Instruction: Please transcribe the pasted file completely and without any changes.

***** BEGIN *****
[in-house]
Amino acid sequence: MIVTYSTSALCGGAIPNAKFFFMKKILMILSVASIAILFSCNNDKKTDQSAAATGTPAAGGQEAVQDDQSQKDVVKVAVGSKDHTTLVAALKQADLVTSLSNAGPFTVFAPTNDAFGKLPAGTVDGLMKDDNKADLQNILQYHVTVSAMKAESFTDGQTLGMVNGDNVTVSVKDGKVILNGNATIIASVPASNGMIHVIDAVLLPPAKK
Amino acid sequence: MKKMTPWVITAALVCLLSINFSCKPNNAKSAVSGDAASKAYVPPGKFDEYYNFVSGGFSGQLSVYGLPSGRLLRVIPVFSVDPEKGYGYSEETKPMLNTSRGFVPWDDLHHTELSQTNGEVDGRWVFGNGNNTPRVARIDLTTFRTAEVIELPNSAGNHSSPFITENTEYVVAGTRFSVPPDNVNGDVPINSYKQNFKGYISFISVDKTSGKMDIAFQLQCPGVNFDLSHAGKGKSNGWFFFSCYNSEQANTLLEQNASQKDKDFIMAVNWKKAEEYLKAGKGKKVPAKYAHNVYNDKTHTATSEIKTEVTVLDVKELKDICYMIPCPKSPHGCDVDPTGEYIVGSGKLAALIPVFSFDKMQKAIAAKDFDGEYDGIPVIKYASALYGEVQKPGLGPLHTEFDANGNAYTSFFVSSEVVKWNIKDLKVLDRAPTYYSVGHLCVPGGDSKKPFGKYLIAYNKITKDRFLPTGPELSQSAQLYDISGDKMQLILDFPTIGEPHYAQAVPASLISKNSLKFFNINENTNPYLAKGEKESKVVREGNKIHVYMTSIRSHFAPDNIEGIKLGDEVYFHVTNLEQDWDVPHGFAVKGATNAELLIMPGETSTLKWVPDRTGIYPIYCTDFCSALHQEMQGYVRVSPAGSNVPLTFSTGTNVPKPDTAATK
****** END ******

[in-house]
Amino acid sequence: MIVTYSTSALCGGAIPNAKFFFMKKILMILSVASIAILFSCNNDKKTDQSAAATGTPAAGGQEAVQDDQSQKDVVKVAVGSKDHTTLVAALKQADLVTSLSNAGPFTVFAPTNDAFGKLPAGTVDGLMKDDNKADLQNILQYHVTVSAMKAESFTDGQTLGMVNGDNVTVSVKDGKVILNGNATIIASVPASNGMIHVIDAVLLPPAKK
Amino acid sequence: MKKMTPWVITAALVCLLSINFSCKPNNAKSAVSGDAASKAYVPPGKFDEYYNFVSGGFSGQLSVYGLPSGRLLRVIPVFSVDPEKGYGYSEETKPMLNTSRGFVPWDDLHHTELSQTNGEVDGRWVFGNGNNTPRVARIDLTTFRTAEVIELPNSAGNHSSPFITENTEYVVAGTRFSVPPDNVNGDVPINSYKQNFKGYISFISVDKTSGKMDIAFQLQCPGVNFDLSHAGKGKSNGWFFFSCYNSEQANTLLEQNASQKDKDFIMAVNWKKAEEYLKAGKGKKVPAKYAHNVYNDKTHTATSEIKTEVTVLDVKELKDICYMIPCPKSPHGCDVDPTGEYIVGSGKLAALIPVFSFDKMQKAIAAKDFDGEYDGIPVIKYASALYGEVQKPGLGPLHTEFDANGNAYTSFFVSSEVVKWNIKDLKVLDRAPTYYSVGHLCVPGGDSKKPFGKYLIAYNKITKDRFLPTGPELSQSAQLYDISGDKMQLILDFPTIGEPHYAQAVPASLISKNSLKFFNINENTNPYLAKGEKESKVVREGNKIHVYMTSIRSHFAPDNIEGIKLGDEVYFHVTNLEQDWDVPHGFAVKGATNAELLIMPGETSTLKWVPDRTGIYPIYCTDFCSALHQEMQGYVRVSPAGSNVPLTFSTGTNVPKPDTAATK